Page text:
A CATHOLIC family in the conservative and rural southern Queensland town of St George was not the first place you'd expect to meet a couple of gay blokes.
Graham Perrett, now a federal MP, was under the impression he did not know any homosexuals while growing up.
At least he thought he didn't.
That was until two of his many knockabout brothers "came out" after they had left the small community.
"The family was surprised, especially being Catholic," Mr Perrett said.
"One of them was a beefy footballer who played schoolboy rugby league for Queensland.
"It surprised many of his teammates."
Mr Perrett, a heterosexual, said the place he grew up had a constant element of homophobia.
Indeed, he explained he can now look back and concede he too had a narrow view of the world of sexuality.
After discussions with his brothers, he believes a number of others they knew while growing up had also suppressed their sexual inclinations.
"I was very homophobic," he told the Sunday Canberra Times.
"Going back [to St George] now I see the repressed aspects, and the secrets and lies of that community."
Today - sitting around the Perrett dinner table at functions with the happy extended family - Mr Perrett, member of the House of Representatives for the seat of Moreton south of Brisbane, is ribbed by his two gay brothers about the Labor Party's stance on gay marriage.
"They're of the belief that times have moved on and the law should be changed."
Mr Perrett said he would gauge the opinion of his electorate and base any lobbying or voting he does on their opinions.
Leading his party is Julia Gillard, who is not pushing the gay marriage agenda.
Meanwhile, senior Labor Minister and Senator Penny Wong cannot marry because of Australian law.
She is gay but works for a government that has yet to legalise gay marriage. This past week she announced she and her partner, Sophie Allouache, would be having a baby thanks to a sperm donor.
Late last year the Finance Minister gave a speech to the ALP state conference in South Australia advocating gay marriage, explaining she had been brought up through much discrimination.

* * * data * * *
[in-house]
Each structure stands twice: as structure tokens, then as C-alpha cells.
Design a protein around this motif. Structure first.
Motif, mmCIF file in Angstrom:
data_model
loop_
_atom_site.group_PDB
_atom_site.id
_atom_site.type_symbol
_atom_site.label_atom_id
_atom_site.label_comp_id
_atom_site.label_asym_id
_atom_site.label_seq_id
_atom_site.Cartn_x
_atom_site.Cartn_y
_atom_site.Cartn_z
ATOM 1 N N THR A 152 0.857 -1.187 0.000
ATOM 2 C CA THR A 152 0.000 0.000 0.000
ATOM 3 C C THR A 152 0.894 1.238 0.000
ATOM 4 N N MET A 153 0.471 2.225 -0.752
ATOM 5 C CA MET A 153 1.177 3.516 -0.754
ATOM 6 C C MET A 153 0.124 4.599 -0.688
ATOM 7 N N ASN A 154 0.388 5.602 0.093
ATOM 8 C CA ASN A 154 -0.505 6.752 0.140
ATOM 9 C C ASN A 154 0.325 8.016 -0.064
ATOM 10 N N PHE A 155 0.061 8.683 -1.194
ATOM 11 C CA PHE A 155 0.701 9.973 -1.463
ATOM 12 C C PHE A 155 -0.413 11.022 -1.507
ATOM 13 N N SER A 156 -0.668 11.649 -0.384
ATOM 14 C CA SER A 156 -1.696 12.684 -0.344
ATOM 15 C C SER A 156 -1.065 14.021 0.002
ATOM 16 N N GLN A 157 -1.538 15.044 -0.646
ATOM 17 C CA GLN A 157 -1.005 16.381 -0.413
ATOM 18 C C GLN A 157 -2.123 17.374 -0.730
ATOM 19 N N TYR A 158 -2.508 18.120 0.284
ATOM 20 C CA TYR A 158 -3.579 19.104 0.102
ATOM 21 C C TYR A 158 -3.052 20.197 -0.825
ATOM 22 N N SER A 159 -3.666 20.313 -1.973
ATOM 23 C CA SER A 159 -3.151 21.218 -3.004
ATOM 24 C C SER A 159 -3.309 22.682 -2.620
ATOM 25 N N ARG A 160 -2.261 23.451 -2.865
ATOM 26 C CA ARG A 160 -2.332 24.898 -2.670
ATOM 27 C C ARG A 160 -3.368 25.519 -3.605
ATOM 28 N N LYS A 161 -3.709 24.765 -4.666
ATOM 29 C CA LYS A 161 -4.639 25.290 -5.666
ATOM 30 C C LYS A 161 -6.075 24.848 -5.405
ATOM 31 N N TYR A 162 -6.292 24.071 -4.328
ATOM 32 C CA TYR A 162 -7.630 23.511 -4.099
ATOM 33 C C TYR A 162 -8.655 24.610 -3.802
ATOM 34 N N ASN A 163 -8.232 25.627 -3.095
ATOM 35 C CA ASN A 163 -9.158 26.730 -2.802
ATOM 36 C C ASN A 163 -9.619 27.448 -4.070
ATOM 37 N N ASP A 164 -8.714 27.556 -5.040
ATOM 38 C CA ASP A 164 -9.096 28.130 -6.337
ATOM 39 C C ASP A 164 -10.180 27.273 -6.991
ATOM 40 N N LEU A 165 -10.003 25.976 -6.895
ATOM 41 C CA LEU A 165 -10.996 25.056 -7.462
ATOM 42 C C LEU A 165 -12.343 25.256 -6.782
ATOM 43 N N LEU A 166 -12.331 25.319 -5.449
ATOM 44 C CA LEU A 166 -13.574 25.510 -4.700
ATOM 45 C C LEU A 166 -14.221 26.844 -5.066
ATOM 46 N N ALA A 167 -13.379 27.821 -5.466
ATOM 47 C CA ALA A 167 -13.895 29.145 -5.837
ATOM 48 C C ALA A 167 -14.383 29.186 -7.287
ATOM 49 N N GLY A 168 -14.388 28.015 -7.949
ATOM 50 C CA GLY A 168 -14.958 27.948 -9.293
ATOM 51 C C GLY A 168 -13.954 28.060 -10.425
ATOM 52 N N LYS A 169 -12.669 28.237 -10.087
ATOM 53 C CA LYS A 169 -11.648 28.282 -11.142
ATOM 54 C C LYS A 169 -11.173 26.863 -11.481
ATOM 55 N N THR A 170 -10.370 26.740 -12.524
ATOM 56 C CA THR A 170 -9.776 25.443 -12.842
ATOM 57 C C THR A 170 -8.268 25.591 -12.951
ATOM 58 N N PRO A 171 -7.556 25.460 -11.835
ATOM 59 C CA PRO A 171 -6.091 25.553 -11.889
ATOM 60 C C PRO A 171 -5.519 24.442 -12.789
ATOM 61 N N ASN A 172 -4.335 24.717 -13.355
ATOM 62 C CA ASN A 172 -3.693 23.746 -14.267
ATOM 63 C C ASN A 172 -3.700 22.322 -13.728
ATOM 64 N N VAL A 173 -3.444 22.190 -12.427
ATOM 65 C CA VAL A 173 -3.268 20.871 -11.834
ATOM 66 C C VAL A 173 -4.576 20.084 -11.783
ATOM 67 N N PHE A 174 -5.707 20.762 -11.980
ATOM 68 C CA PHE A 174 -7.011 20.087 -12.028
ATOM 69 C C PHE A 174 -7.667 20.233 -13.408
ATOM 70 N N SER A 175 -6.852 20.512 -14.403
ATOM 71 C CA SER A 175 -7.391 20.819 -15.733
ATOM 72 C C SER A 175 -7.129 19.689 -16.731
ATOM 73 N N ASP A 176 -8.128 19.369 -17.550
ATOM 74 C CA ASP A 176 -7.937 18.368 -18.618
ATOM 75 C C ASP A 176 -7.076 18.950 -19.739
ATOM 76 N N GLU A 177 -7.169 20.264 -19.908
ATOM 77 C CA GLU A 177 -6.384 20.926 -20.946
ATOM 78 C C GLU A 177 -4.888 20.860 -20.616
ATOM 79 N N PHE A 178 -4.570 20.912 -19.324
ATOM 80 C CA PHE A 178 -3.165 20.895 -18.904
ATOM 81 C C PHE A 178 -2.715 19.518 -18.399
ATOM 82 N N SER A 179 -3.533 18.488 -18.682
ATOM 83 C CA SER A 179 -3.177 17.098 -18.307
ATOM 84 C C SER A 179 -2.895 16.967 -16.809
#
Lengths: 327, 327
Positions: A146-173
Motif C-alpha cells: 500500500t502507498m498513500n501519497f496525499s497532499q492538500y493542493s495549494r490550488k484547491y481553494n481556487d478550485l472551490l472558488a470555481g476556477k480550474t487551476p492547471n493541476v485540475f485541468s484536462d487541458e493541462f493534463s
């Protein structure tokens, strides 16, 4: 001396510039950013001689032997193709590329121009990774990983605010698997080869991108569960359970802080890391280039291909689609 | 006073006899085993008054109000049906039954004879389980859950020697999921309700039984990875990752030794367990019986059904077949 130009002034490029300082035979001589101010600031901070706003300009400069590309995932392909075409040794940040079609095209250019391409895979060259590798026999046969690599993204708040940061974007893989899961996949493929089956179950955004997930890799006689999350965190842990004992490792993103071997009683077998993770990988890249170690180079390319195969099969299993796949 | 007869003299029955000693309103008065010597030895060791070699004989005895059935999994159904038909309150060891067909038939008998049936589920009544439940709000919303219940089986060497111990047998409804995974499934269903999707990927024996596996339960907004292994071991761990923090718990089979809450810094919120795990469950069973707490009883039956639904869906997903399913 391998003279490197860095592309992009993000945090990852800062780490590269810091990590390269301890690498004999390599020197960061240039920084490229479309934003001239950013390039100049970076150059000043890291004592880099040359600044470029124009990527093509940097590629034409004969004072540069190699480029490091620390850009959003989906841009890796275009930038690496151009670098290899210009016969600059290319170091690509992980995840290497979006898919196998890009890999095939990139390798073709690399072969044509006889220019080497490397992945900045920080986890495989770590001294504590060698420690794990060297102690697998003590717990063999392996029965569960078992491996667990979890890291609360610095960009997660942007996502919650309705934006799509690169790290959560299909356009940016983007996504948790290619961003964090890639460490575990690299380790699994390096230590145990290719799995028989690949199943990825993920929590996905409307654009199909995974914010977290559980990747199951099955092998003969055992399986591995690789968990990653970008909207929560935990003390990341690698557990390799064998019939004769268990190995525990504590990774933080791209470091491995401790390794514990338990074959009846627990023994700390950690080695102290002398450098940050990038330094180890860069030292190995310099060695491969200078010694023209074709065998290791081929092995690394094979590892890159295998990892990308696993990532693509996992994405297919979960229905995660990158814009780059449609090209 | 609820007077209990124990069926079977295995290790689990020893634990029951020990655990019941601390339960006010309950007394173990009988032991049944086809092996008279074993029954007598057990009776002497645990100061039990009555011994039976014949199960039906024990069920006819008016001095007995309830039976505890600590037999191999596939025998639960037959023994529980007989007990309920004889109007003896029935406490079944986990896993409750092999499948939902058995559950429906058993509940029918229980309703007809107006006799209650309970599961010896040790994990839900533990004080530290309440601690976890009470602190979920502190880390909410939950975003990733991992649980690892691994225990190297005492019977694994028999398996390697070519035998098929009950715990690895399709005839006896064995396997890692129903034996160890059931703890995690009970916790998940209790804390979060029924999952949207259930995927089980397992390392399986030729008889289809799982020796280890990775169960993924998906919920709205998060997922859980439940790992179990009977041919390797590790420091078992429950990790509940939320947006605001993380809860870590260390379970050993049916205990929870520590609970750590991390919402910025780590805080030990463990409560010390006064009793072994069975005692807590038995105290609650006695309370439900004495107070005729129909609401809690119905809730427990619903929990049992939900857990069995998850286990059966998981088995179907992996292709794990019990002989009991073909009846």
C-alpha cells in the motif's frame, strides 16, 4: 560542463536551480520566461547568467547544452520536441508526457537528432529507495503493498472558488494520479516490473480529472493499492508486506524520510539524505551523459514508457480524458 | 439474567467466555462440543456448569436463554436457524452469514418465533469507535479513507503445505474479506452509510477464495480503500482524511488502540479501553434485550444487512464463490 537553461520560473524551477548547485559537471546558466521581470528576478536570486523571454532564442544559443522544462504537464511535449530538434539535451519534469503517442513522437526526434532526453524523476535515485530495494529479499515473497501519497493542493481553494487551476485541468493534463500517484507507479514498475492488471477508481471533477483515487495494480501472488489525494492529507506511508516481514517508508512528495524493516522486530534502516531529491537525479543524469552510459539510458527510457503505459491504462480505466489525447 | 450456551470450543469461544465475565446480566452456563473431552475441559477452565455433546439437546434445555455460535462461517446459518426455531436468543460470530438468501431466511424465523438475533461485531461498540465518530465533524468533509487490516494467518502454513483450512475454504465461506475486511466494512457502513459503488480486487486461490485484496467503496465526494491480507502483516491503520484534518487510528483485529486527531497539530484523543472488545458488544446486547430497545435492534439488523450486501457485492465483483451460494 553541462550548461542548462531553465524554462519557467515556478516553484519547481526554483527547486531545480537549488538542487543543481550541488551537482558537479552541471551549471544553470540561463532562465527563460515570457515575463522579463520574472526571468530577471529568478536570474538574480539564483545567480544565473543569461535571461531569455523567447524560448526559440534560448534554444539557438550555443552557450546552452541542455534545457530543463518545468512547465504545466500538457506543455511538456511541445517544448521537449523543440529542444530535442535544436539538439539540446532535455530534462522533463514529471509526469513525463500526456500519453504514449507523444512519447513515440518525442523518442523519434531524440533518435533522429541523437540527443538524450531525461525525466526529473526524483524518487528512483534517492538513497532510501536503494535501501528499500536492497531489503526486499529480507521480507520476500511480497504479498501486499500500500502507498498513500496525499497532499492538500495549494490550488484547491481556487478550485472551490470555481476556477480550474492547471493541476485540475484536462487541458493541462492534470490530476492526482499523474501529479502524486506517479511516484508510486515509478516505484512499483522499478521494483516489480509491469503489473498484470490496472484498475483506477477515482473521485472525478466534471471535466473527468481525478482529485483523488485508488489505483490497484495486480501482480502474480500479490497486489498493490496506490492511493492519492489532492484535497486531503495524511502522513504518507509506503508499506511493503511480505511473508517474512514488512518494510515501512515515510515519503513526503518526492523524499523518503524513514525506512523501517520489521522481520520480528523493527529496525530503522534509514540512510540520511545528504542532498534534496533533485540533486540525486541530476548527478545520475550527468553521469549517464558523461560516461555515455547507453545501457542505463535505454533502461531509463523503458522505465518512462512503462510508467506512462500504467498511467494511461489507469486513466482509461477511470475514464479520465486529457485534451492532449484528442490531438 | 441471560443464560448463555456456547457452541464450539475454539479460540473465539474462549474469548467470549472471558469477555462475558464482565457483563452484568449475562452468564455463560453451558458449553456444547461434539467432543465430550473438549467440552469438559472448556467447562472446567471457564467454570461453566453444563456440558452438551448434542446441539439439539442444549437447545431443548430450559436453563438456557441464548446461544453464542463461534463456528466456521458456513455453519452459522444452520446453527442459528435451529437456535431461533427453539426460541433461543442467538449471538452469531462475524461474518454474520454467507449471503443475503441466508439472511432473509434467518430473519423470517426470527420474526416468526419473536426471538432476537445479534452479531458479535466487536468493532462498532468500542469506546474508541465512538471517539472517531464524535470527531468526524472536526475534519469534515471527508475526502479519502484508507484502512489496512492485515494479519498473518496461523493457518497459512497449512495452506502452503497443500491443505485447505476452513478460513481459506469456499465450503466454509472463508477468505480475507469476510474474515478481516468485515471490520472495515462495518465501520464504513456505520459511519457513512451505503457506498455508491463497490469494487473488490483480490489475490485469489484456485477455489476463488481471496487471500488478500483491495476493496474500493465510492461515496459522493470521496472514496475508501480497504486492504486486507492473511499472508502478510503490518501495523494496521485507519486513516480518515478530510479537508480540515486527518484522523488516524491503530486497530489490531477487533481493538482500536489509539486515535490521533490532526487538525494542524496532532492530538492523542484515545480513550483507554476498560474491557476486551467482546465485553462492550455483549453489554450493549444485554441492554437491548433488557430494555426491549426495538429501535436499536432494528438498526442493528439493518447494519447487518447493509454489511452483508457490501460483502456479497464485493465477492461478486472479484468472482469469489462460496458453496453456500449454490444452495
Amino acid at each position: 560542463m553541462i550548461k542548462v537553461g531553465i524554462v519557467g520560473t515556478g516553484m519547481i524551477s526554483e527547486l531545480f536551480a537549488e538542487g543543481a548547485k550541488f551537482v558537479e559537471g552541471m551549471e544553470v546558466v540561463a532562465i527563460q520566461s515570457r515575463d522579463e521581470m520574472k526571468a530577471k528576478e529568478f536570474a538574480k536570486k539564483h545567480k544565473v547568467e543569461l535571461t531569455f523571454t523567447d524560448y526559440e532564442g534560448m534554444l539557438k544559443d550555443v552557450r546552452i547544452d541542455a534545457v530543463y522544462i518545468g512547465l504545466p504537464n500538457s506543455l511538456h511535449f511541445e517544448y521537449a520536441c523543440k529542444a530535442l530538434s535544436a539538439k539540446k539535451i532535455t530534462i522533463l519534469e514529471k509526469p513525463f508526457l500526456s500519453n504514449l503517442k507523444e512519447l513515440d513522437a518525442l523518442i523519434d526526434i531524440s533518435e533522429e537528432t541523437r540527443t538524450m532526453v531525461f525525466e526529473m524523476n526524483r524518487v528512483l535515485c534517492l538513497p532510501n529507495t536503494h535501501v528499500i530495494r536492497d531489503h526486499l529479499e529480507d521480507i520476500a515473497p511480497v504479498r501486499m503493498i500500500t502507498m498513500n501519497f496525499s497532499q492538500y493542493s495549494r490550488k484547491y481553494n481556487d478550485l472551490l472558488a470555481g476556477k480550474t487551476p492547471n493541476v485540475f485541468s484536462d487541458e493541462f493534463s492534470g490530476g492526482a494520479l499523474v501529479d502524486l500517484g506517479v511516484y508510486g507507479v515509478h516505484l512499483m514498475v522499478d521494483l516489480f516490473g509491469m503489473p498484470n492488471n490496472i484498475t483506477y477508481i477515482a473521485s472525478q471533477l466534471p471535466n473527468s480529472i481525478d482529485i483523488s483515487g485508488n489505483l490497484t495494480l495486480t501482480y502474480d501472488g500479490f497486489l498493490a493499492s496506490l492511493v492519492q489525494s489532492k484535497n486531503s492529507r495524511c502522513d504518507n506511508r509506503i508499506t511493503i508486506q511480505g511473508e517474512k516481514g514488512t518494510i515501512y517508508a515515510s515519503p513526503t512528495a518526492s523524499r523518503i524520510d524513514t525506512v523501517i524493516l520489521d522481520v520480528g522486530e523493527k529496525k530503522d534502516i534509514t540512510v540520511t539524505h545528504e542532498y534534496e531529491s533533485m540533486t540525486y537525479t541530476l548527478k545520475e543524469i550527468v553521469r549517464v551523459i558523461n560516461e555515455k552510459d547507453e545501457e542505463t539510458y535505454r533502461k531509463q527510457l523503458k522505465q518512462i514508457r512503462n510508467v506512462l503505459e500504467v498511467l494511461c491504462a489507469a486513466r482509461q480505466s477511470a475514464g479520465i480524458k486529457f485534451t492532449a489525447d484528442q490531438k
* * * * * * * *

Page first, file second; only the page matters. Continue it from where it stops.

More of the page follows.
"Labor governments were responsible for abolishing the White Australia Policy, introducing the first land right legislation and the Disability Discrimination Act," she said at the time.
Mr Perrett, while understanding of the challenges facing two of his brothers and the wider gay community, said that he hadn't been asked to "lead the Mardi Gras" and nor would he.
"Perhaps one of the most memorable moments for me in the 2010 election campaign was watching a Vietnam veteran talking about his daughter who could not marry her [female] partner," Mr Perrett said.
Now he has the rare opportunity to look at the gay marriage debate from both sides: as a heterosexual who grew up in a conservative rural community and as someone who now knows he has two gay siblings.
He is wary that many Australians, especially those in his seat, have more pressing issues to worry about.
These include financial constraints and, in Queensland electorates such as his, the long-term job of repairing severe flood damage.
Other issues he says are getting more attention in his electorate are climate change, immigration and Centrelink payments.
Gay marriage has become the main focus of the same-sex equality movement in the lead-up to the Labor national conference later this year.
It comes at the expense of victories for them that appear to have been forgotten about by many. In fact, 80 laws have changed under Labor in favour of same-sex couples.
Dozens of reforms have come into play under the Labor Government since 2009.
Tax and superannuation reforms were introduced two years ago to include same-sex relationships.
Gay couples can now be recognised for social security and family assistance payments.
Same-sex couples can now access Medicare and the Pharmaceutical Benefits Scheme as a "family". Gay couples with children who later separate can apply for child support.
Members of a same-sex couple family are now classed as being in the same "family unit" for visa purposes.
Veterans affairs welfare payments have also changed. Members of same-sex relationships can apply for widows or widowers pensions.
But the final symbolic victory is yet to happen. What is certain is that, whatever the outcome at the national Labor conference later this year, the Perrett family will have plenty to talk about at their gatherings in times to come.